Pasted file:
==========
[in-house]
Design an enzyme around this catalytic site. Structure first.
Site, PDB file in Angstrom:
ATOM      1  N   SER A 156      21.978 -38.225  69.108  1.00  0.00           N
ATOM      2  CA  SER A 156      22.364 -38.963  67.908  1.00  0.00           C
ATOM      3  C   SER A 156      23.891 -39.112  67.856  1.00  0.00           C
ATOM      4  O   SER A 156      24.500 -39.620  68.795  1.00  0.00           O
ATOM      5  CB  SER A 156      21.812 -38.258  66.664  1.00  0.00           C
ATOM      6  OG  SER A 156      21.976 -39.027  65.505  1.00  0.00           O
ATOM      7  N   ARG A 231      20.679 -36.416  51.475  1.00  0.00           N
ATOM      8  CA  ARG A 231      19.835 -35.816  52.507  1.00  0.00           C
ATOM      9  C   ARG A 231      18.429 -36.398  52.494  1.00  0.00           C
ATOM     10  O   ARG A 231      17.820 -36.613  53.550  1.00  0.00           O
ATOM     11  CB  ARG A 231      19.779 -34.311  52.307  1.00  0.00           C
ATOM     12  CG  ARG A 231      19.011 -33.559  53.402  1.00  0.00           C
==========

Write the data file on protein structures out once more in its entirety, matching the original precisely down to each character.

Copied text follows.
[in-house]
Design an enzyme around this catalytic site. Structure first.
Site, PDB file in Angstrom:
ATOM      1  N   SER A 156      21.978 -38.225  69.108  1.00  0.00           N
ATOM      2  CA  SER A 156      22.364 -38.963  67.908  1.00  0.00           C
ATOM      3  C   SER A 156      23.891 -39.112  67.856  1.00  0.00           C
ATOM      4  O   SER A 156      24.500 -39.620  68.795  1.00  0.00           O
ATOM      5  CB  SER A 156      21.812 -38.258  66.664  1.00  0.00           C
ATOM      6  OG  SER A 156      21.976 -39.027  65.505  1.00  0.00           O
ATOM      7  N   ARG A 231      20.679 -36.416  51.475  1.00  0.00           N
ATOM      8  CA  ARG A 231      19.835 -35.816  52.507  1.00  0.00           C
ATOM      9  C   ARG A 231      18.429 -36.398  52.494  1.00  0.00           C
ATOM     10  O   ARG A 231      17.820 -36.613  53.550  1.00  0.00           O
ATOM     11  CB  ARG A 231      19.779 -34.311  52.307  1.00  0.00           C
ATOM     12  CG  ARG A 231      19.011 -33.559  53.402  1.00  0.00           C